$\mathbb{E}|u|^4=229.36$ 139.72 0.3908 153.56 0.3305
$\mathbb{E}|u|^5=911.22$ 488.51 0.4639 541.71 0.4055
Table 2.  Simulation time in Example 1-3
Case WEnKI WEnSRF EnKI EnSRF
Example 1 0.362s 0.197s 0.138s 0.178s
Example 2 50.041s 41.739s 26.564s 18.518s
Example 3 0.198s 0.115s 0.120s 0.072s
Case WEnKI WEnSRF EnKI EnSRF
Example 1 0.362s 0.197s 0.138s 0.178s
Example 2 50.041s 41.739s 26.564s 18.518s
Example 3 0.198s 0.115s 0.120s 0.072s
Table 3.  Error of moments estimation in Example 5
WEnKI WEnSRF
Moments Est. Re. Error Est. Re. Error
$\mathbb{E}|u|^1=3.32$ 3.30 0.0055 3.32 0.0017
$\mathbb{E}|u|^2=11.16$ 10.99 0.0147 11.19 0.0023
$\mathbb{E}|u|^3=38.05$ 36.99 0.0279 38.12 0.0019
$\mathbb{E}|u|^4=131.45$ 125.53 0.0451 131.47 0.0001
$\mathbb{E}|u|^5=460.56$ 429.99 0.0664 459.16 0.0030
EnKI EnSRF
Moments Est. Re. Error Est. Re. Error
$\mathbb{E}|u|^1=3.32$ 2.96 0.1084 3.28 0.0112
$\mathbb{E}|u|^2=11.16$ 9.07 0.1872 11.04 0.0111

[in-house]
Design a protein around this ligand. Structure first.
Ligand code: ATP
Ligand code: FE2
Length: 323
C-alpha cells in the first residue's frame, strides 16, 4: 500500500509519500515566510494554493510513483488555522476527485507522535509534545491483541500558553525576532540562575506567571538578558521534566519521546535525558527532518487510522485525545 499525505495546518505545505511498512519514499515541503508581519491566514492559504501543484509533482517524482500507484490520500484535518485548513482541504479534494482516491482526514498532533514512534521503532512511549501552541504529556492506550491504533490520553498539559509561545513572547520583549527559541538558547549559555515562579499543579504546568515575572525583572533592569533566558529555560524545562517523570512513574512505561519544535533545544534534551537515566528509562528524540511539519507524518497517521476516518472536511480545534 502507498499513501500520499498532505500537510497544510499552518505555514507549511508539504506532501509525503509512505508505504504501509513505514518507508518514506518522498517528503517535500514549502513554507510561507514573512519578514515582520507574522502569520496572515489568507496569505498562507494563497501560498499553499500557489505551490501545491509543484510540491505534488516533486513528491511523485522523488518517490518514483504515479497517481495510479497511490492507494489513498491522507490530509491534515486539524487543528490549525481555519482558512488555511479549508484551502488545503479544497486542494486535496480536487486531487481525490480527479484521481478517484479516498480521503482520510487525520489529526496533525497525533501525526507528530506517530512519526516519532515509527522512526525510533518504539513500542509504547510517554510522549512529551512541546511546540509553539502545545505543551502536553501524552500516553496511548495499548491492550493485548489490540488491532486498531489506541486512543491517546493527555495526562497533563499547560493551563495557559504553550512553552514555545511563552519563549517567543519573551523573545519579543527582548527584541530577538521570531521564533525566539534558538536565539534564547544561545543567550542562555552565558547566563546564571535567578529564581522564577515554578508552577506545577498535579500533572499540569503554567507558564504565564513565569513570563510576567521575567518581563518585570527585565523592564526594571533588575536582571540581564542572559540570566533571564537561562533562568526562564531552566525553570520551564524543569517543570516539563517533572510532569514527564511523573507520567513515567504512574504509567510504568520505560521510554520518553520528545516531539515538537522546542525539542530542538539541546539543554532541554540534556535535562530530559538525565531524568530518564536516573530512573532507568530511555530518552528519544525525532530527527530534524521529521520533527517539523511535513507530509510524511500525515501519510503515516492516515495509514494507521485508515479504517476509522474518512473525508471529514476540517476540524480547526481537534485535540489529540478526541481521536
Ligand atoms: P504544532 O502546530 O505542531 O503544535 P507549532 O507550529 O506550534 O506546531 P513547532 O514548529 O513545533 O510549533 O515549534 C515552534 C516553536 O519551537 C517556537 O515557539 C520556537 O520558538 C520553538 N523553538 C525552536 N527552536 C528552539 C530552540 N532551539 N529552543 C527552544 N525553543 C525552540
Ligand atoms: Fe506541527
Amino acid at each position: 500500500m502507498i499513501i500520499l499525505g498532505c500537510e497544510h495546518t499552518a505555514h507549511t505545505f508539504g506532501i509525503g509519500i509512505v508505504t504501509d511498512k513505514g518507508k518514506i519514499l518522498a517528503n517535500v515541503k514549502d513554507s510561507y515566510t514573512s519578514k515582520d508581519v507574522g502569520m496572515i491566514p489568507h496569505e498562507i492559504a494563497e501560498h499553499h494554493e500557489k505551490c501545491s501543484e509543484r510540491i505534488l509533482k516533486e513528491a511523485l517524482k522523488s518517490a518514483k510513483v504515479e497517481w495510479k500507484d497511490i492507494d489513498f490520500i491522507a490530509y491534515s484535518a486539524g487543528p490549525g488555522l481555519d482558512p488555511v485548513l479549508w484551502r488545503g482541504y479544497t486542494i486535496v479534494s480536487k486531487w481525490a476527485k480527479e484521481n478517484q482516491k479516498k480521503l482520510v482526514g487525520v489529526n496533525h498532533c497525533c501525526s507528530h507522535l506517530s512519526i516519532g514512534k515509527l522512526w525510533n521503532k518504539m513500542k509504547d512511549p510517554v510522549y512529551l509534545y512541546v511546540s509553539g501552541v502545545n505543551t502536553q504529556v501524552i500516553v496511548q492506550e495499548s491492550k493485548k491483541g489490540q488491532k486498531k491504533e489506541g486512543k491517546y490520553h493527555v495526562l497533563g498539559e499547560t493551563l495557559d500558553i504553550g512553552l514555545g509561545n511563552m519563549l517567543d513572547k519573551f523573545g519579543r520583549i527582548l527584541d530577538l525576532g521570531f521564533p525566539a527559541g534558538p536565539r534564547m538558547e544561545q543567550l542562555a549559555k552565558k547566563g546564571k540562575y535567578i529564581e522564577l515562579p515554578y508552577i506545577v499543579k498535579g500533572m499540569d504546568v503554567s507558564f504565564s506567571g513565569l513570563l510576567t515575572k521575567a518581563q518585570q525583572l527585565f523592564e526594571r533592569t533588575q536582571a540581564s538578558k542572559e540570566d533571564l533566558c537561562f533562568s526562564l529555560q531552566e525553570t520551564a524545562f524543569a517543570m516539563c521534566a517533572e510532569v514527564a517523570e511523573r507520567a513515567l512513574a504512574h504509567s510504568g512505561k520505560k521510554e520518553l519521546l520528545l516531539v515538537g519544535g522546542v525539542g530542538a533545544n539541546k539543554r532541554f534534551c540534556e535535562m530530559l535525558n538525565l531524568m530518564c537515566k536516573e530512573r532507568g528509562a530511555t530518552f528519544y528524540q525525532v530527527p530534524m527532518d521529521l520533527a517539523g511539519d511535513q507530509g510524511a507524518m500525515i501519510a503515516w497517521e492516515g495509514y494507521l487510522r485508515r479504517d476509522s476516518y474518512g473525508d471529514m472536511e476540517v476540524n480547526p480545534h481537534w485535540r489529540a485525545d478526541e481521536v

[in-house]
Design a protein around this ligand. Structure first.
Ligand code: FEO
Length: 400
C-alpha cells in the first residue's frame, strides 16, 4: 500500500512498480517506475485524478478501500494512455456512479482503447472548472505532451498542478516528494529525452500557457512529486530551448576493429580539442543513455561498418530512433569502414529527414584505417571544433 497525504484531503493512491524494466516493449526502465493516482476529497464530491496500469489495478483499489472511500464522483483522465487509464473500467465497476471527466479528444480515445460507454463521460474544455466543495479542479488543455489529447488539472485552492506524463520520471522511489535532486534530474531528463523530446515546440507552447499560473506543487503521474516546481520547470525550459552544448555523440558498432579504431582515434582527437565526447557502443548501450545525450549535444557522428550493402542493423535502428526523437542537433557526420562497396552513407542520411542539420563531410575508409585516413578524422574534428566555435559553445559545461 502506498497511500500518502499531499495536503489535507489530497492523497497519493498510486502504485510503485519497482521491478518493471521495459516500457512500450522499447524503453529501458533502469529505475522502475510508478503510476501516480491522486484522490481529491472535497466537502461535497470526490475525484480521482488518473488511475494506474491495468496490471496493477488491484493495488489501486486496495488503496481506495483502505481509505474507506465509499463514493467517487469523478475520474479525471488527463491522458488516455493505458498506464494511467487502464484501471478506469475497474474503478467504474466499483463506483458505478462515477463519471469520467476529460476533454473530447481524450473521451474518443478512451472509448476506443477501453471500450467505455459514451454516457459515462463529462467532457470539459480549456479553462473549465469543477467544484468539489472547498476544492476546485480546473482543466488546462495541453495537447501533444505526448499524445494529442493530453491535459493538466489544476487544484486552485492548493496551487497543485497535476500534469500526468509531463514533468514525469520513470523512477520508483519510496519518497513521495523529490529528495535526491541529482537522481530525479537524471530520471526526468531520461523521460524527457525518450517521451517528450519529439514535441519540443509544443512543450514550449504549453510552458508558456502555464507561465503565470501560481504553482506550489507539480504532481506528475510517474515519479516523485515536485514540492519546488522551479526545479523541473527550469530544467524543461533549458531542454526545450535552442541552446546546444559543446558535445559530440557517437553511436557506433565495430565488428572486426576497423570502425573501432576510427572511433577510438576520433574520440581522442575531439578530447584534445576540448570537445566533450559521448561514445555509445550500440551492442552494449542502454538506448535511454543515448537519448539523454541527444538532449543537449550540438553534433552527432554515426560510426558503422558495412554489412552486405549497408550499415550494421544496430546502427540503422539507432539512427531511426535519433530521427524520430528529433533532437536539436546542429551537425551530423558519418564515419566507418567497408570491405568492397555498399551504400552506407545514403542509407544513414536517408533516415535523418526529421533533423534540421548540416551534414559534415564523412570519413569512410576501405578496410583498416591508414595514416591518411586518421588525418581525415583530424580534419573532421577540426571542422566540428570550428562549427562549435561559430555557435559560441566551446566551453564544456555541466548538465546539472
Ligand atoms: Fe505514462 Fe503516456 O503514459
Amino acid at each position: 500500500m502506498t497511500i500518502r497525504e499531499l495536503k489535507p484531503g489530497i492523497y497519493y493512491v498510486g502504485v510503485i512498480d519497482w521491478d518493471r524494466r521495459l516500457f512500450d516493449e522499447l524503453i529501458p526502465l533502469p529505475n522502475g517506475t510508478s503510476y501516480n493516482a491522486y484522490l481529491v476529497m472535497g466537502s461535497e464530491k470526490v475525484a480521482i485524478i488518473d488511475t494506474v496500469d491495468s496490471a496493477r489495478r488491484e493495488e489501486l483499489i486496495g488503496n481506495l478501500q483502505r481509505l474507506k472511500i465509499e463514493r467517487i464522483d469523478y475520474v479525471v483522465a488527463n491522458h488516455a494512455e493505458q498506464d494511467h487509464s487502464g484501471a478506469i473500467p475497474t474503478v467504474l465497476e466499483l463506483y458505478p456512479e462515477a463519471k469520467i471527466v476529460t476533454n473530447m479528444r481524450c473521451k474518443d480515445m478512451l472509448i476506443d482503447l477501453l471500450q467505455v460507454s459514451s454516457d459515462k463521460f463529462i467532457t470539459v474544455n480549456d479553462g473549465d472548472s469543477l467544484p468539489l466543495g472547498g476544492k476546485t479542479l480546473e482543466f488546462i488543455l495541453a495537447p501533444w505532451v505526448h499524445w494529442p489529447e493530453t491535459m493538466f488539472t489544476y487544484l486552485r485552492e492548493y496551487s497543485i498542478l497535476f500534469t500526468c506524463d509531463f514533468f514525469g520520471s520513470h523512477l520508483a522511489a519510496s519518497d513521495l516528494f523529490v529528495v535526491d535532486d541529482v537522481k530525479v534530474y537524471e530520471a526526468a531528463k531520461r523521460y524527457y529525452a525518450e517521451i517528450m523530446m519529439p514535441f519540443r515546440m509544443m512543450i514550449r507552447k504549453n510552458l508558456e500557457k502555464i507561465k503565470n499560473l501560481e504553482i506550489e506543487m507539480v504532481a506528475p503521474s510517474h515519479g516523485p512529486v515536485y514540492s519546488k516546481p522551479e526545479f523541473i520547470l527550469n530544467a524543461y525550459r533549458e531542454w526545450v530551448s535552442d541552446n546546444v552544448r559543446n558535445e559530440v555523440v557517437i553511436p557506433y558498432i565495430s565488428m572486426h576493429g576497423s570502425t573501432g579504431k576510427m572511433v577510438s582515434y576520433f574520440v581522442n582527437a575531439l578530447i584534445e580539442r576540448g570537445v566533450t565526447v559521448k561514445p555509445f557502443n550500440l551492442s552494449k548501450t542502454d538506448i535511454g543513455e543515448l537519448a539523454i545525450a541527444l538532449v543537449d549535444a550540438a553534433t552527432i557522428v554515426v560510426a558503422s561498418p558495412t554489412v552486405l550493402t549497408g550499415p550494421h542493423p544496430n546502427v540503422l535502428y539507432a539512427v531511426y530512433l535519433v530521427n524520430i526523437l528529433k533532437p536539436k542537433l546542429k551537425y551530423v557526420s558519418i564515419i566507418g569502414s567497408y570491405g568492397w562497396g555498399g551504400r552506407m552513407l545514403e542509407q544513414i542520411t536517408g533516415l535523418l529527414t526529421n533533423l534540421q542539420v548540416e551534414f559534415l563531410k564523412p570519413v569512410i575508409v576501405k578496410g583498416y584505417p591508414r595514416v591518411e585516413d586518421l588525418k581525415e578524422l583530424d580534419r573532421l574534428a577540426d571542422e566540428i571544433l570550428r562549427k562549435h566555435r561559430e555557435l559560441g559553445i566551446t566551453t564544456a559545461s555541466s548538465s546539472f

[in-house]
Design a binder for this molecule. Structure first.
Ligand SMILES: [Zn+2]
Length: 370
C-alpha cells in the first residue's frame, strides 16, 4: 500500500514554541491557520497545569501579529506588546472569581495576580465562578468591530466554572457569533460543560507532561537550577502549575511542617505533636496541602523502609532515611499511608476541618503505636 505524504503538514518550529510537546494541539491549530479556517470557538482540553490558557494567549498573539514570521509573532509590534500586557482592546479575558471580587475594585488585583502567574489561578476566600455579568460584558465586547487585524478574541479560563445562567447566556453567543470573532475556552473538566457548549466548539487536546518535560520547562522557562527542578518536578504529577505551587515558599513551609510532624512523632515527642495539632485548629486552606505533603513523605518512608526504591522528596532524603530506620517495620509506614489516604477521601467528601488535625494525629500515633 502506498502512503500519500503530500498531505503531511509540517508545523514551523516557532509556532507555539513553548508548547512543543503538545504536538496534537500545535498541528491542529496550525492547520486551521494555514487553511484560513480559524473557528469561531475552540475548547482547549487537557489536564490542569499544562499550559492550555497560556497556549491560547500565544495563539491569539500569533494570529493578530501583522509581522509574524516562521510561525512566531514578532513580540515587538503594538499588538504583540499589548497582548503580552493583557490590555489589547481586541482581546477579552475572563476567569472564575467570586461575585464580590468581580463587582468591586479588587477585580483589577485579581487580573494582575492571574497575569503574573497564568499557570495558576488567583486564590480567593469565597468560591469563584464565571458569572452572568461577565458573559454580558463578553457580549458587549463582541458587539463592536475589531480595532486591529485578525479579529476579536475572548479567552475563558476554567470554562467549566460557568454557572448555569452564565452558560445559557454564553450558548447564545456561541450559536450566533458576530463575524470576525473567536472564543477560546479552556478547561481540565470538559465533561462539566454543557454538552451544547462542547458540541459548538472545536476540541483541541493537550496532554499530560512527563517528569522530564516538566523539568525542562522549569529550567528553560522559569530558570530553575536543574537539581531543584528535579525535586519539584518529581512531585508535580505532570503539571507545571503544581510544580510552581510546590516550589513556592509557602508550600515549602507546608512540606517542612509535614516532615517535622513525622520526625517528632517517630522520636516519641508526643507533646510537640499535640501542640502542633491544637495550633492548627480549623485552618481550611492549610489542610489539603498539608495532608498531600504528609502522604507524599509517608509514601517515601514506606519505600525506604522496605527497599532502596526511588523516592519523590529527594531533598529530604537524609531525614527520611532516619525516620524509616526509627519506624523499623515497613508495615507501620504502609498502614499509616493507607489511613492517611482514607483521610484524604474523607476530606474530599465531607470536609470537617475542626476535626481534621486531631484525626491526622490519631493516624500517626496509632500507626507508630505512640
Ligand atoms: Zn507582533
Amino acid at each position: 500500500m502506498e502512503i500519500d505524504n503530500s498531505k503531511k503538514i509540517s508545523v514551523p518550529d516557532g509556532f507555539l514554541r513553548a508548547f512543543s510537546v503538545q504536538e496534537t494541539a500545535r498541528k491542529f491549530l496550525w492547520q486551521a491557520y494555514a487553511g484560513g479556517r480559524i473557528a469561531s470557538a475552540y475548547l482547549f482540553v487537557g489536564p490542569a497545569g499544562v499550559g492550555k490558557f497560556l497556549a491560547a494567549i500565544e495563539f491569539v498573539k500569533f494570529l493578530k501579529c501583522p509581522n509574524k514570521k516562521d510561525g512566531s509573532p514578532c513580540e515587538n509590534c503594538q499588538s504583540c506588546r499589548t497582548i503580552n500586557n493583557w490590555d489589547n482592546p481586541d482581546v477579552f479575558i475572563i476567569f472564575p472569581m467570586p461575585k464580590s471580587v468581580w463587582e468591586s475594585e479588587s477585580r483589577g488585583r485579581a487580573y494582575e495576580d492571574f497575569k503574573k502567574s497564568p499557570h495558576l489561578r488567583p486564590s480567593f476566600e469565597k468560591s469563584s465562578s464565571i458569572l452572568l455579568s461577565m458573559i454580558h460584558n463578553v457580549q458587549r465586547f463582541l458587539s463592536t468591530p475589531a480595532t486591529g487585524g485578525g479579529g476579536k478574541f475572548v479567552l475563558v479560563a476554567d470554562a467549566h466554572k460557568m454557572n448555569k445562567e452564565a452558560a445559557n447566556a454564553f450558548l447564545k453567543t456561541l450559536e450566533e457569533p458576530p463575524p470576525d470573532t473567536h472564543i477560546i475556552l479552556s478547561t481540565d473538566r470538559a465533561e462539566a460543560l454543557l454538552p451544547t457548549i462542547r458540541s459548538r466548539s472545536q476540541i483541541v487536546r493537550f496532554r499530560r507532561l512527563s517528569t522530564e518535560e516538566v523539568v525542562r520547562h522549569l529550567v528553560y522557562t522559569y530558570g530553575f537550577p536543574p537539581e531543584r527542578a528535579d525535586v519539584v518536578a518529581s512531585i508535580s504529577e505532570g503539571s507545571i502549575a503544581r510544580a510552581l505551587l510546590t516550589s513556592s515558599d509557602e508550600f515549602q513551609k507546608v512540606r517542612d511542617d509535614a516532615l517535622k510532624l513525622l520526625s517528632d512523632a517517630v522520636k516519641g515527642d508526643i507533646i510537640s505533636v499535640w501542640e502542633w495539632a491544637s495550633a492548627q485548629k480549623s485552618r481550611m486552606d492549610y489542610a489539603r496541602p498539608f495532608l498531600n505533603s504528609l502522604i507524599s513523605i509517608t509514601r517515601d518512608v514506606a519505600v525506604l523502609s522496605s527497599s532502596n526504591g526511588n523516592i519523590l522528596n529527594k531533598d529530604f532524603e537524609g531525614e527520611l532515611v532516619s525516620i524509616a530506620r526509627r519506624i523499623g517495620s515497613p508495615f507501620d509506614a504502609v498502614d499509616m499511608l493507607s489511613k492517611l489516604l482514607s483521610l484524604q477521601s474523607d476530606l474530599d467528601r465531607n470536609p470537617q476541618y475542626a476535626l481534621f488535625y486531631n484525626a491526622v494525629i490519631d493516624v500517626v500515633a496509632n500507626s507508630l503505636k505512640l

$\mathbb{E}|u|^3=38.05$ 29.17 0.2332 38.25 0.0053
$\mathbb{E}|u|^4=131.45$ 100.32 0.2369 137.43 0.0455
$\mathbb{E}|u|^5=460.56$ 379.73 0.1755 516.22 0.1208
WEnKF IS
Moments Est. Re. Error Est. Re. Error
$\mathbb{E}|u|^1=3.32$ 3.40 0.1658 3.24 0.0245
$\mathbb{E}|u|^2=11.16$ 7.72 0.3077 10.50 0.0592
$\mathbb{E}|u|^3=38.05$ 21.74 0.4287 34.10 0.1037
$\mathbb{E}|u|^4=131.45$ 61.62 0.5313 110.81 0.1571
$\mathbb{E}|u|^5=460.56$ 175.99 0.6179 360.27 0.2178
WEnKI WEnSRF
Moments Est. Re. Error Est. Re. Error
$\mathbb{E}|u|^1=3.32$ 3.30 0.0055 3.32 0.0017
$\mathbb{E}|u|^2=11.16$ 10.99 0.0147 11.19 0.0023
$\mathbb{E}|u|^3=38.05$ 36.99 0.0279 38.12 0.0019
$\mathbb{E}|u|^4=131.45$ 125.53 0.0451 131.47 0.0001
$\mathbb{E}|u|^5=460.56$ 429.99 0.0664 459.16 0.0030
EnKI EnSRF
Moments Est. Re. Error Est. Re. Error
$\mathbb{E}|u|^1=3.32$ 2.96 0.1084 3.28 0.0112
$\mathbb{E}|u|^2=11.16$ 9.07 0.1872 11.04 0.0111
$\mathbb{E}|u|^3=38.05$ 29.17 0.2332 38.25 0.0053
$\mathbb{E}|u|^4=131.45$ 100.32 0.2369 137.43 0.0455
$\mathbb{E}|u|^5=460.56$ 379.73 0.1755 516.22 0.1208
WEnKF IS
Moments Est. Re. Error Est. Re. Error
$\mathbb{E}|u|^1=3.32$ 3.40 0.1658 3.24 0.0245
$\mathbb{E}|u|^2=11.16$ 7.72 0.3077 10.50 0.0592
$\mathbb{E}|u|^3=38.05$ 21.74 0.4287 34.10 0.1037
$\mathbb{E}|u|^4=131.45$ 61.62 0.5313 110.81 0.1571
$\mathbb{E}|u|^5=460.56$ 175.99 0.6179 360.27 0.2178